Center-left government approved by parliament

SKOPJE, North Macedonia (AP) — North Macedonia’s parliament on Sunday approved a new Social Democrat-led coalition cabinet, with two ethnic Albanian parties as junior partners.

The Cabinet won the vote of confidence 62-46 in the 120-member legislature. He enjoys slightly wider support than the previous government of Social Democrat leader Zoran Zaev. The difference is that the ethnic Albanian Alternative party which joined the centre-left coalition and was rewarded with three of its four lawmakers securing cabinet posts.

The new Prime Minister of North Macedonia, Dimitar Kovachevski, 47, was deputy finance minister in the Zaev government. Zaev, also 47, resigned after heavy losses in local elections last October.

The centre-right opposition party VMRO-DPMNE voted against, insisting that only a new election would give legitimacy to the government.

Kovachevski said he would focus on dealing with economic insecurity exacerbated by the pandemic and soaring energy prices.

“The effects of the pandemic and the energy crisis remain a major challenge for the economy…The government will develop a response plan to support the population and the economy to cope with the consequences of the energy crisis… and protect citizens from price shocks,” Kovachevsky told parliament.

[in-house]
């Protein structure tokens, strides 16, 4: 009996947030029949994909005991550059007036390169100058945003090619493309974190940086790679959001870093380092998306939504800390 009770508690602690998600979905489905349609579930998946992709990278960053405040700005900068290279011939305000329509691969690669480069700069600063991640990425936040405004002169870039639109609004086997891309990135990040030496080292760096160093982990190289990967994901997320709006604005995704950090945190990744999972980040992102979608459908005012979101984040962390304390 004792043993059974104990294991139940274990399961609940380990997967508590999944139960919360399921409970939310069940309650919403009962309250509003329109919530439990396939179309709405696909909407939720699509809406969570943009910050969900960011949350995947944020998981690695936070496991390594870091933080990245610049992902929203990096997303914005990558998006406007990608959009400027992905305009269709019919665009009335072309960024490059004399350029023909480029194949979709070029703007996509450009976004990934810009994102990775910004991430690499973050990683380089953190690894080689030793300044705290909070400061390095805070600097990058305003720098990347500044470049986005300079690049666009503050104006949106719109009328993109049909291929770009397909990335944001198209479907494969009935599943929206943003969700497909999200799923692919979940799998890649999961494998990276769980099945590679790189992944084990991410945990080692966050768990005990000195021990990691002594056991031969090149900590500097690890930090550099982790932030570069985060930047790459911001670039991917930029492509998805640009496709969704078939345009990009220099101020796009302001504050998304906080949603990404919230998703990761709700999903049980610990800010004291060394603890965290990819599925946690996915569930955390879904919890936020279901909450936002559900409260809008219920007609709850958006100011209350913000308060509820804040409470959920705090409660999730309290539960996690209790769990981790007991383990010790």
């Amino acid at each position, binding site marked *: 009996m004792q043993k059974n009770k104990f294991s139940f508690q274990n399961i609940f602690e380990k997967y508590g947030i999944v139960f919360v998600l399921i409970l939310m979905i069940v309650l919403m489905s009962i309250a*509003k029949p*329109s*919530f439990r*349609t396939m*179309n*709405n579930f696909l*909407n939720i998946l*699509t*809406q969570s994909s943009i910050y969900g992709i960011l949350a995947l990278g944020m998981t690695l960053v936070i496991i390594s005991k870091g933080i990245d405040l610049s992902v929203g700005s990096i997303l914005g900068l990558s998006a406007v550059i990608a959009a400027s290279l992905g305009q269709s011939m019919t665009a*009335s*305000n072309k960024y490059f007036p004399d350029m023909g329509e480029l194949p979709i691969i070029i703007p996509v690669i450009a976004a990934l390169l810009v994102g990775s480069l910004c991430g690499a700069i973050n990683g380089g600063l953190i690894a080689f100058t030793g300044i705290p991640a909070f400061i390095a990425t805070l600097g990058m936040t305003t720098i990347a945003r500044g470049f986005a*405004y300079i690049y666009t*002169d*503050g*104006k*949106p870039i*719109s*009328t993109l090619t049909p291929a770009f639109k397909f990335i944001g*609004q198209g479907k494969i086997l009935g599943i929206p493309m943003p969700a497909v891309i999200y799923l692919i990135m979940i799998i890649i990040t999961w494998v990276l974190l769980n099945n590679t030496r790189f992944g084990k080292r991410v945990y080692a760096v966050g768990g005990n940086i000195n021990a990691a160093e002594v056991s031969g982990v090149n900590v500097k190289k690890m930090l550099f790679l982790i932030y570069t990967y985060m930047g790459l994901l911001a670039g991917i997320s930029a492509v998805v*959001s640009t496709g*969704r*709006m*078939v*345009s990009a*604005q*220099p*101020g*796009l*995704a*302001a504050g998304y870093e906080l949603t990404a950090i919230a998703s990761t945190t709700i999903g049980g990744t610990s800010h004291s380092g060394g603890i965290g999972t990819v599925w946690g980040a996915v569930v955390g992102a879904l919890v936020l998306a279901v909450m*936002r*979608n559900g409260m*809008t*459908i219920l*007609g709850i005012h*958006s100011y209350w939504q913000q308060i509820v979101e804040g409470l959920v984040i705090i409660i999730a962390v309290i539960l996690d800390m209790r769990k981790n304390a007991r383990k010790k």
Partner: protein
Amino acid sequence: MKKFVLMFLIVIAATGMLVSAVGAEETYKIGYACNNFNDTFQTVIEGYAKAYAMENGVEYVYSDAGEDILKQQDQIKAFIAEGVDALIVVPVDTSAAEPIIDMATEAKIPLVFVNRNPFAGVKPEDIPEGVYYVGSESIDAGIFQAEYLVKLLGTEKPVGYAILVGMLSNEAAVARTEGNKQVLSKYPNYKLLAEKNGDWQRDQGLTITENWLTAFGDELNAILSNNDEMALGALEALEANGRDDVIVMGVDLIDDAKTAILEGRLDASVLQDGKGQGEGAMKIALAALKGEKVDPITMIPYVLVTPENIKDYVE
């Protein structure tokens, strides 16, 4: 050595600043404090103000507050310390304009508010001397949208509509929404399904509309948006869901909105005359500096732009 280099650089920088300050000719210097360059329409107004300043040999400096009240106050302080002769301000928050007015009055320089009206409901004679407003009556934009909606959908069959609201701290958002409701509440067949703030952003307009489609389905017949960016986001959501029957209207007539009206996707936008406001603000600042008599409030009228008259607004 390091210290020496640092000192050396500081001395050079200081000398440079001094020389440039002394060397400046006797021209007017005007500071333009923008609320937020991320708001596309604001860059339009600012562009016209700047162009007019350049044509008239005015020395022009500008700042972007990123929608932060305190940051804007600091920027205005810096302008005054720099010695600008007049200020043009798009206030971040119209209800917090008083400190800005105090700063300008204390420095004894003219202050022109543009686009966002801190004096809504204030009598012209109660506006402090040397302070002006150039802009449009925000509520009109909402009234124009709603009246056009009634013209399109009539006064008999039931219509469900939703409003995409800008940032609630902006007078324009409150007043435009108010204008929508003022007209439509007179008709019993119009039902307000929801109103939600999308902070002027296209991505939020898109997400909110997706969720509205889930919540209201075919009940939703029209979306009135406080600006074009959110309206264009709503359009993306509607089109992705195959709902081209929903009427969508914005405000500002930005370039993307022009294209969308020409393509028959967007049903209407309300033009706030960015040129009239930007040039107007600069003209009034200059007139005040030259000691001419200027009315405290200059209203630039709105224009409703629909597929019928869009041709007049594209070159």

Twelve of the new cabinet’s 21 ministerial posts went to the Social Democrats and nine to ethnic Albanian junior partners. Eight ministers from the previous Cabinet have been replaced, including Defense Minister Radmila Shekerinska and Health Minister Venko Filipce, replaced by Slavyanka Petrovska and Bekim Sali respectively. On the other hand, Interior Minister Oliver Spasovski and Economy Minister Kreshnik Bekteshi retained their posts.

During his tenure as prime minister, Zaev secured North Macedonia’s NATO membership after ending a decades-long dispute with Greece over the country’s name. But he was unable to materialize European Union membership, largely because of a historic dispute with another EU neighbor, Bulgaria.

Kovacevski said he would intensify talks with Bulgaria with the aim of letting North Macedonia formally begin EU membership talks, but would not negotiate any identity issues. Bulgaria wants North Macedonia to recognize that the Macedonian language has Bulgarian roots and that the Macedonian nation was created after World War II.

Bulgarian Prime Minister Kiril Petkov is due to visit North Macedonia on Tuesday.

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